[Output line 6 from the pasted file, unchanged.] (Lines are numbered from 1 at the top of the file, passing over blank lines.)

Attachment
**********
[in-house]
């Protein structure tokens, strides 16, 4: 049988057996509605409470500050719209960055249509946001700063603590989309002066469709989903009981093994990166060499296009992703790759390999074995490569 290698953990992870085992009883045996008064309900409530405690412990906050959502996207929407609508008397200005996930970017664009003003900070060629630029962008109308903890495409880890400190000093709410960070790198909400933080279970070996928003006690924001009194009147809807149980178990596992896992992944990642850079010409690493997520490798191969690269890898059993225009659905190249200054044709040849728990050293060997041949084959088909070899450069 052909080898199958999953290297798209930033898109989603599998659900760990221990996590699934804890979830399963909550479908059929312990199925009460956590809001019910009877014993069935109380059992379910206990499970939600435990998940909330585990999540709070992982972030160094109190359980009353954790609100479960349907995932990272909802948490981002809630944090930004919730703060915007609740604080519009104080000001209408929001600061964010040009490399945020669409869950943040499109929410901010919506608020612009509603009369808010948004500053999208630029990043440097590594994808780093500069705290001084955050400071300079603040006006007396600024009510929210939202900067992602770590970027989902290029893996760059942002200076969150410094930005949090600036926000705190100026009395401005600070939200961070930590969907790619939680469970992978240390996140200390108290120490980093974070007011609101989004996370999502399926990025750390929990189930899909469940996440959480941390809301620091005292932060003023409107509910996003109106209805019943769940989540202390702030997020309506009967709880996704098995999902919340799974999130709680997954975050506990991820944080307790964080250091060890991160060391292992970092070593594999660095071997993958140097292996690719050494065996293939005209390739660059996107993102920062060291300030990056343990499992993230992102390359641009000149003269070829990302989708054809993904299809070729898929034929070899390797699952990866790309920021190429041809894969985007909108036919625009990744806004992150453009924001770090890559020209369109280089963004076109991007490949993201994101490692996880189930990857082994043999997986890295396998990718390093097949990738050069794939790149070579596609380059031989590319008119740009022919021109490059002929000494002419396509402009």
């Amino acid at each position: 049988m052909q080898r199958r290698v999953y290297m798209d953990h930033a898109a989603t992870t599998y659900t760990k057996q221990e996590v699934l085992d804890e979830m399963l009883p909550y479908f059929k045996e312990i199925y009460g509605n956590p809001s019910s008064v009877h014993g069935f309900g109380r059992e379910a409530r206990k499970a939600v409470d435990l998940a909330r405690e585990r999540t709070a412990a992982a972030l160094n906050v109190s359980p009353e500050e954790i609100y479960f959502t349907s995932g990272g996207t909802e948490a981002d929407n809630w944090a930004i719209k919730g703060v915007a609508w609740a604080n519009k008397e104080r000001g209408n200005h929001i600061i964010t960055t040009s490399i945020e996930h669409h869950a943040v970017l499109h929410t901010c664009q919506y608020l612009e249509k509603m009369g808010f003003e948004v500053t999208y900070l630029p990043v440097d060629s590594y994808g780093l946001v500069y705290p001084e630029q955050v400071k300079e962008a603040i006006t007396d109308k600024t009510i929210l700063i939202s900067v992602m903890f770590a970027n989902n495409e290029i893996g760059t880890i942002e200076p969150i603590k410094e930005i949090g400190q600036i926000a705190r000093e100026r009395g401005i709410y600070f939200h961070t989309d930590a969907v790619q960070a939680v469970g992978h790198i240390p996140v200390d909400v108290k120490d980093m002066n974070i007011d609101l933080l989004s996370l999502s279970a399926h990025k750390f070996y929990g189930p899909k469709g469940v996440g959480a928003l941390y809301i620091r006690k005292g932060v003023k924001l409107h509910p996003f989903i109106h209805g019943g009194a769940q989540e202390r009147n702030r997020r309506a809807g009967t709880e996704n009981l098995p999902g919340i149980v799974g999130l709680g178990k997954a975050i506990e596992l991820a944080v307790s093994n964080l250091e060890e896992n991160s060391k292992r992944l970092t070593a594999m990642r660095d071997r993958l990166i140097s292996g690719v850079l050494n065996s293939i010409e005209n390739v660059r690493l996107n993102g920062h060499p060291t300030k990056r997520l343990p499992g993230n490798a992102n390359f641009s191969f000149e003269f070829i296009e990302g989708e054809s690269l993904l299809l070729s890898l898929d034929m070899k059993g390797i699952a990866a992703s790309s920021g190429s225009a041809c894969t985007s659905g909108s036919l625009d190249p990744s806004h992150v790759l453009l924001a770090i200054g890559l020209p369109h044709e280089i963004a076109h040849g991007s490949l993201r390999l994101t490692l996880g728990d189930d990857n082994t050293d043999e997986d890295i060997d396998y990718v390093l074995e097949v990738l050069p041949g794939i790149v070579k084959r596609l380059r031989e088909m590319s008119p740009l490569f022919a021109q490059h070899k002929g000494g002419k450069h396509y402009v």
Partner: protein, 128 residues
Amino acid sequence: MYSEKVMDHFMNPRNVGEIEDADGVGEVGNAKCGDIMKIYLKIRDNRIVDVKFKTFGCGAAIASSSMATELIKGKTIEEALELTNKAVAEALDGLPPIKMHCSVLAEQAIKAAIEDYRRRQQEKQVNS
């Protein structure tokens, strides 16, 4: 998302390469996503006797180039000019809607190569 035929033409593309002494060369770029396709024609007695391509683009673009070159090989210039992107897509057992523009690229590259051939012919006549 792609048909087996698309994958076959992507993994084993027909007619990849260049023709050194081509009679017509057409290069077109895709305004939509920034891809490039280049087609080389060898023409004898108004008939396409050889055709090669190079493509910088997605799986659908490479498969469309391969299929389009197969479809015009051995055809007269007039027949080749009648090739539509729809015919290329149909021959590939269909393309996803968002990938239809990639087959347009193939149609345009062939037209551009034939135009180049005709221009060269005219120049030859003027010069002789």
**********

């Protein structure tokens, strides 16, 4: 998302390469996503006797180039000019809607190569 035929033409593309002494060369770029396709024609007695391509683009673009070159090989210039992107897509057992523009690229590259051939012919006549 792609048909087996698309994958076959992507993994084993027909007619990849260049023709050194081509009679017509057409290069077109895709305004939509920034891809490039280049087609080389060898023409004898108004008939396409050889055709090669190079493509910088997605799986659908490479498969469309391969299929389009197969479809015009051995055809007269007039027949080749009648090739539509729809015919290329149909021959590939269909393309996803968002990938239809990639087959347009193939149609345009062939037209551009034939135009180049005709221009060269005219120049030859003027010069002789």